I have found it stimulating to write a series. The hardest ones to write were the don't kill and don't covet. Because that is what humans do all the time and because I suppose I didn't want to approach those ones ironically.

I hope these will appear in my next book. I think they will. Now I'm not writing much at all and when the poems do arrive, they come singly or in twos and threes. No more series for the time being. Two of the commandments poems have appeared in The Rialto, a wonderful poetry magazine based in Norfolk and edited by Michael Mackmin. I was grateful for that.


Don’t commit adultery

In a hotel room, rented flat, a friend’s place, beach,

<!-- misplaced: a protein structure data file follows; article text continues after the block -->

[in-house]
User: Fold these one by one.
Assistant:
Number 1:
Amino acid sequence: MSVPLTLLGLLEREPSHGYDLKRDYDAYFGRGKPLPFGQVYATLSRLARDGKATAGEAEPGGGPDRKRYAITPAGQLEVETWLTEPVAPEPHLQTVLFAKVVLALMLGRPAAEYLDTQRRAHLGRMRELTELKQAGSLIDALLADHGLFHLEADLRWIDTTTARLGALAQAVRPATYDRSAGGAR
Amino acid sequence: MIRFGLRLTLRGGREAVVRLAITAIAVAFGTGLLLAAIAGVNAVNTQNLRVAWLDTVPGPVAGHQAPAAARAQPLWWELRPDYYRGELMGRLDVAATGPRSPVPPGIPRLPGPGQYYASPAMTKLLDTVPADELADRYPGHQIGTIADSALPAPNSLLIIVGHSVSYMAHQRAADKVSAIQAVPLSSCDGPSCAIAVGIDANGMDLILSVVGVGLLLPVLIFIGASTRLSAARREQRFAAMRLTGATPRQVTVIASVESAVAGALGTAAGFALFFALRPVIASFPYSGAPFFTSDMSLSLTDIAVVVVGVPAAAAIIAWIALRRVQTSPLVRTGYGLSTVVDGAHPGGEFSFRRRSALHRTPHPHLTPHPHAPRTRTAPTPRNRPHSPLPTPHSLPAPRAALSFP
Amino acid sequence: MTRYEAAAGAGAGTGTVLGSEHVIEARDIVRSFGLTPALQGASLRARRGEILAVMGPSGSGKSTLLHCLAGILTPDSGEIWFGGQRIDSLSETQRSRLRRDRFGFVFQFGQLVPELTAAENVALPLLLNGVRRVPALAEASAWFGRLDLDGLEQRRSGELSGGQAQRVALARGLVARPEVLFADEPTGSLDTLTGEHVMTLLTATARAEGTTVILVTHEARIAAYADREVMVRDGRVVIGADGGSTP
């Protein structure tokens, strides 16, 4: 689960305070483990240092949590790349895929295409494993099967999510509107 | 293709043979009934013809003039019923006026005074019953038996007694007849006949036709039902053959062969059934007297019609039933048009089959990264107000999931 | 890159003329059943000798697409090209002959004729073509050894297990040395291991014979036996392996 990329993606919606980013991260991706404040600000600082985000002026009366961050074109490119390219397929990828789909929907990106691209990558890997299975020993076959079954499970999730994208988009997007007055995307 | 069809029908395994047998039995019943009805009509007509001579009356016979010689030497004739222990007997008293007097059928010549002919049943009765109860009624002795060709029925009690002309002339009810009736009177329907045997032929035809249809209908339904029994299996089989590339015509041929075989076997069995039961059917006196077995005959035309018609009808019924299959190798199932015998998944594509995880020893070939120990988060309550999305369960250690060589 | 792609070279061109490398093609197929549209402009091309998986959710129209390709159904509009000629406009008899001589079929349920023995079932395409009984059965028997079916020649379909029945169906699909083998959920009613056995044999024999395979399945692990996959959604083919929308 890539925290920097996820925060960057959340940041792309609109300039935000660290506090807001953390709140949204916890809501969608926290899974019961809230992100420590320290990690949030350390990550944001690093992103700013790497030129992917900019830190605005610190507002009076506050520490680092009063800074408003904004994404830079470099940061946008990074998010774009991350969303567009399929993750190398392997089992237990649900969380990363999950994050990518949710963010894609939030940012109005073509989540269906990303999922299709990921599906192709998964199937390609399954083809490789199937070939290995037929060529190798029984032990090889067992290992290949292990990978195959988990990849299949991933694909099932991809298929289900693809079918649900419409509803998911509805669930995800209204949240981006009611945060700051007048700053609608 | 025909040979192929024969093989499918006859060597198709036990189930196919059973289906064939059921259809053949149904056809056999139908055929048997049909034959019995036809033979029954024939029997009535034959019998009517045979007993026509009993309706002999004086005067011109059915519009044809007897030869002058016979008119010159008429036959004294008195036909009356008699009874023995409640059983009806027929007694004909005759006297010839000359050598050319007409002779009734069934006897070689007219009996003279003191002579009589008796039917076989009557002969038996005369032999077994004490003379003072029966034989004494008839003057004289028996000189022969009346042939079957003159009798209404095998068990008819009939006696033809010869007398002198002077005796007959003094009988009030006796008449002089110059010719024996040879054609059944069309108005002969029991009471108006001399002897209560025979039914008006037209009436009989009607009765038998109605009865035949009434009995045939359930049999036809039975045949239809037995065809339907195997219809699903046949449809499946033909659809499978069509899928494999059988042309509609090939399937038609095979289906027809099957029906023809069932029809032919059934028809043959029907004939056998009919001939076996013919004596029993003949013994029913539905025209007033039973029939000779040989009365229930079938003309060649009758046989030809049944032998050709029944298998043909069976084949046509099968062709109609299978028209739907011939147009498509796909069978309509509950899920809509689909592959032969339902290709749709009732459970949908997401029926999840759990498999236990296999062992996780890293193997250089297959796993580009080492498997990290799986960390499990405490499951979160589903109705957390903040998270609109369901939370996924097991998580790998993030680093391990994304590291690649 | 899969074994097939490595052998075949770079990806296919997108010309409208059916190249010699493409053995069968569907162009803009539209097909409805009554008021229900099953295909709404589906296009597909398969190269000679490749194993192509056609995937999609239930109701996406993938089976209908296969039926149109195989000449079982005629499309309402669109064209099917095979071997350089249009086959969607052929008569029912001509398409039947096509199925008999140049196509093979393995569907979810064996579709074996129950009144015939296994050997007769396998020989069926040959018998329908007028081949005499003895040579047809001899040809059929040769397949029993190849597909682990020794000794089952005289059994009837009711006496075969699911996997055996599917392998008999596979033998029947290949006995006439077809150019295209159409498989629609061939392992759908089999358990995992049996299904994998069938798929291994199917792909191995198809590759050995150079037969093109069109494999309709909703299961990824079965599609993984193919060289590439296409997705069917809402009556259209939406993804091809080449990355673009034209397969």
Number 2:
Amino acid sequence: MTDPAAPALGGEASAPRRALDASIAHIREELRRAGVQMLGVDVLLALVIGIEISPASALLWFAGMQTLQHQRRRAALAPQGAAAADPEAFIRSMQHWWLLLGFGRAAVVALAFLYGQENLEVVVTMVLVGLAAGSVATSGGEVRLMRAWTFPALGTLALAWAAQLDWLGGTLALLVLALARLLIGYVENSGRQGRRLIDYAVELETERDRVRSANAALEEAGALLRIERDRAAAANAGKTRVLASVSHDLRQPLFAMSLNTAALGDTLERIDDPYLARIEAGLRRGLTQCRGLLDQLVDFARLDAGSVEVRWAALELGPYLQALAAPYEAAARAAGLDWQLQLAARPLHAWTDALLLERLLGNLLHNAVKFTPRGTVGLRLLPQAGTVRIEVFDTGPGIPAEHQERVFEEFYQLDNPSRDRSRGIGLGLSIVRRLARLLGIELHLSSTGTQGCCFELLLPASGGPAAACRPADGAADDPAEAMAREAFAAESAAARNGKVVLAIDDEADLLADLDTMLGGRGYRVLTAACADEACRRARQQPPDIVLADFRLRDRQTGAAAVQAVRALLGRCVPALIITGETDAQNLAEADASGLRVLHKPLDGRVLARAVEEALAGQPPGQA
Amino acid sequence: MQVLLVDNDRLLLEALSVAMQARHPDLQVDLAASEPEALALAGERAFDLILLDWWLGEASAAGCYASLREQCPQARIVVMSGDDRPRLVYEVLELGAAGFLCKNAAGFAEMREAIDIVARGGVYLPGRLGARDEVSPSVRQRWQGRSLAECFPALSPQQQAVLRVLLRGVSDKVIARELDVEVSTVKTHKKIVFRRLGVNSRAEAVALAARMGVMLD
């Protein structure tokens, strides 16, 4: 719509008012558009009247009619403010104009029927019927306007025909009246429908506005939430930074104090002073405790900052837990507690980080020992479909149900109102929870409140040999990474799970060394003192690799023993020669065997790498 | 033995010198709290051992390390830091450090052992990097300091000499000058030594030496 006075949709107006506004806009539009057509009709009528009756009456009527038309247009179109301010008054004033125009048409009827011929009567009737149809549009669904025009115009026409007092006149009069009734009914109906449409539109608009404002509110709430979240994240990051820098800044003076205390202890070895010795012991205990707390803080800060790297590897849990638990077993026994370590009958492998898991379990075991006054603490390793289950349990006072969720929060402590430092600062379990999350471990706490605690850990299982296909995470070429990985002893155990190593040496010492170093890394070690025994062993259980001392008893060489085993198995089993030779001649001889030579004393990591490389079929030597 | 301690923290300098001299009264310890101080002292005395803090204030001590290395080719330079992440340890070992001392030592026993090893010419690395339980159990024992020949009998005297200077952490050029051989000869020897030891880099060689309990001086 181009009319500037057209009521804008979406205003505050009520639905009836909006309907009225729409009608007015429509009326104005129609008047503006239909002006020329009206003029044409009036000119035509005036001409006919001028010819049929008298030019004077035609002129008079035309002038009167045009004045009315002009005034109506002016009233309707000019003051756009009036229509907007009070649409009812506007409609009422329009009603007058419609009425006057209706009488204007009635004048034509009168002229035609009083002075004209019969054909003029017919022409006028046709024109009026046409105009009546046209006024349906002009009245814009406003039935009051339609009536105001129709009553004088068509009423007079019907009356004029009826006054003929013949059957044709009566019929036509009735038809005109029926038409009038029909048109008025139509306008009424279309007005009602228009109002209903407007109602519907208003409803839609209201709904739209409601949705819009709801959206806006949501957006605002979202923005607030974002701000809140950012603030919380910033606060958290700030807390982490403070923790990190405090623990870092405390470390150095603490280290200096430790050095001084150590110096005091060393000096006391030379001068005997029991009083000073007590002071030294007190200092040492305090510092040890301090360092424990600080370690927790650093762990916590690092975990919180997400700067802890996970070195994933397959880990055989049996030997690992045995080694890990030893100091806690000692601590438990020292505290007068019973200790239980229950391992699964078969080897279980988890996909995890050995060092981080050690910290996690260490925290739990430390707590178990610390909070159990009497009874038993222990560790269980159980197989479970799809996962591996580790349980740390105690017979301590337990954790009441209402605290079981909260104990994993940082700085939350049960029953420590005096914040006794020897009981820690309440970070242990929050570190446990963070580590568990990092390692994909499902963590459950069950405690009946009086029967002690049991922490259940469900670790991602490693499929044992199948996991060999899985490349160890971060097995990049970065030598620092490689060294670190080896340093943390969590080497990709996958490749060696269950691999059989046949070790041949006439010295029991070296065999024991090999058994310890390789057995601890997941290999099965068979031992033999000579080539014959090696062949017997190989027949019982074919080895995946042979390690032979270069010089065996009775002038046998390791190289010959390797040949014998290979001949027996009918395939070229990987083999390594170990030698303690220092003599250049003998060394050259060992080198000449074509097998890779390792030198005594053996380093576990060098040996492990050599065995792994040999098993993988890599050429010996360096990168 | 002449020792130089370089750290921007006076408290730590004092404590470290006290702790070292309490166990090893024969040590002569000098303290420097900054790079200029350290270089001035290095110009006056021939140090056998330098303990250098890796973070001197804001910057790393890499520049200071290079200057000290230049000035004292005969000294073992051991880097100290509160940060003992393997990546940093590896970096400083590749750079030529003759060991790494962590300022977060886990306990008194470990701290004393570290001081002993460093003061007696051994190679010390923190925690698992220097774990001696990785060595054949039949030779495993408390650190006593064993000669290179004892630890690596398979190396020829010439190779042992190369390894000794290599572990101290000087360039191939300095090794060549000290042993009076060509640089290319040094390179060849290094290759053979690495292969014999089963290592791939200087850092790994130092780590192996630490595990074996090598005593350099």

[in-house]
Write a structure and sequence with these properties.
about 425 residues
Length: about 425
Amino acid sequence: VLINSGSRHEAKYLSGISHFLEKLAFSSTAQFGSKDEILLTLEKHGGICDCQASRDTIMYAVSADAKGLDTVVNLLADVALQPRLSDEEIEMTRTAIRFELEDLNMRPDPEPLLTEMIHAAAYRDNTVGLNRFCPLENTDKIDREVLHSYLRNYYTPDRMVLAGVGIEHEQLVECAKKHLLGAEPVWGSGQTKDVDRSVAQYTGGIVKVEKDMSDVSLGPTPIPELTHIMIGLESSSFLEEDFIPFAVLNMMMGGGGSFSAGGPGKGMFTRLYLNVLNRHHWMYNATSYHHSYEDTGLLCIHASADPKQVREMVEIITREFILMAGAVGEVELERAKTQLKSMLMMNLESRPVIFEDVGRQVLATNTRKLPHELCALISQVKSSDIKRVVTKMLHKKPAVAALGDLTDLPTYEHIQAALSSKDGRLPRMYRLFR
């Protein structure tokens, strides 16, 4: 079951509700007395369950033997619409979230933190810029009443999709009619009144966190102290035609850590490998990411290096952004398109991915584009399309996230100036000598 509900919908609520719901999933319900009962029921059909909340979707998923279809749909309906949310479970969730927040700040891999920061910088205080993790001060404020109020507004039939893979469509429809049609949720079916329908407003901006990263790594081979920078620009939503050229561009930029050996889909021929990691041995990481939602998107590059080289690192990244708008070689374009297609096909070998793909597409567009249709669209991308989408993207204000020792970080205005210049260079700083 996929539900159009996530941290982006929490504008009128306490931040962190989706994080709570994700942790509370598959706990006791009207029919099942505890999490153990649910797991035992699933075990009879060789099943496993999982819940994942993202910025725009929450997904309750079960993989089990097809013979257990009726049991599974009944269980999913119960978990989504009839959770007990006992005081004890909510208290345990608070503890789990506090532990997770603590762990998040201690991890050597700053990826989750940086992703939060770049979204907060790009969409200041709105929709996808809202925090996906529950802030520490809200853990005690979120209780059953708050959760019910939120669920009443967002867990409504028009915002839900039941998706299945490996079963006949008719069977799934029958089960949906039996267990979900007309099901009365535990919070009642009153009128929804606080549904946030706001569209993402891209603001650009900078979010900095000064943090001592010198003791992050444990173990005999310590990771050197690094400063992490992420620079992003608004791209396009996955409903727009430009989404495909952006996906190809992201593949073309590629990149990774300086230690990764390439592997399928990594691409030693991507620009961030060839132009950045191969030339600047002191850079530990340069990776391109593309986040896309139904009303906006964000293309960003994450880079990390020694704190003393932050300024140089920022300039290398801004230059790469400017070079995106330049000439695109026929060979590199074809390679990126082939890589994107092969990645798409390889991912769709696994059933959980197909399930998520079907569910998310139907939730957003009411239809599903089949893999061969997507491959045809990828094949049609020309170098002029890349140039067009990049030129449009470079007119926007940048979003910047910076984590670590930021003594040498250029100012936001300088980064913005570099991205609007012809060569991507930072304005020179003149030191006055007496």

car, caravan, your own bed, his or her bed,
the childrens’ beds, with dogs, that guy from the Red
House, your boss, on a motorbike, in a coach,

wearing that old leather jacket, after a cricket
match, in a tent, while your second child is being born,
watching a famous boxer do press ups in the gym,
while your first child is being born, after 10 shots

of Greek brandy, with someone who writes fan mail,
with your therapist, the priest, manager or director,
wife of your best friend, while your wife is having a
hysterectomy, because she has thrush, piles,

with your son’s teacher, when your husband’s in a coma,
with your son’s girlfriend, in the Pussycat Club, with a lap
dancer, while smoking a cigar or reading the latest crap
crime fiction, contemplating Escher’s prints in the Alhambra,

while your partner’s leaving a message on your mobile,
by e mail, live webcam, wearing stiletto heels, while your wife
is undergoing radiotherapy, while flying a plane, in Fife
station, with a doctor, over the baby listening device.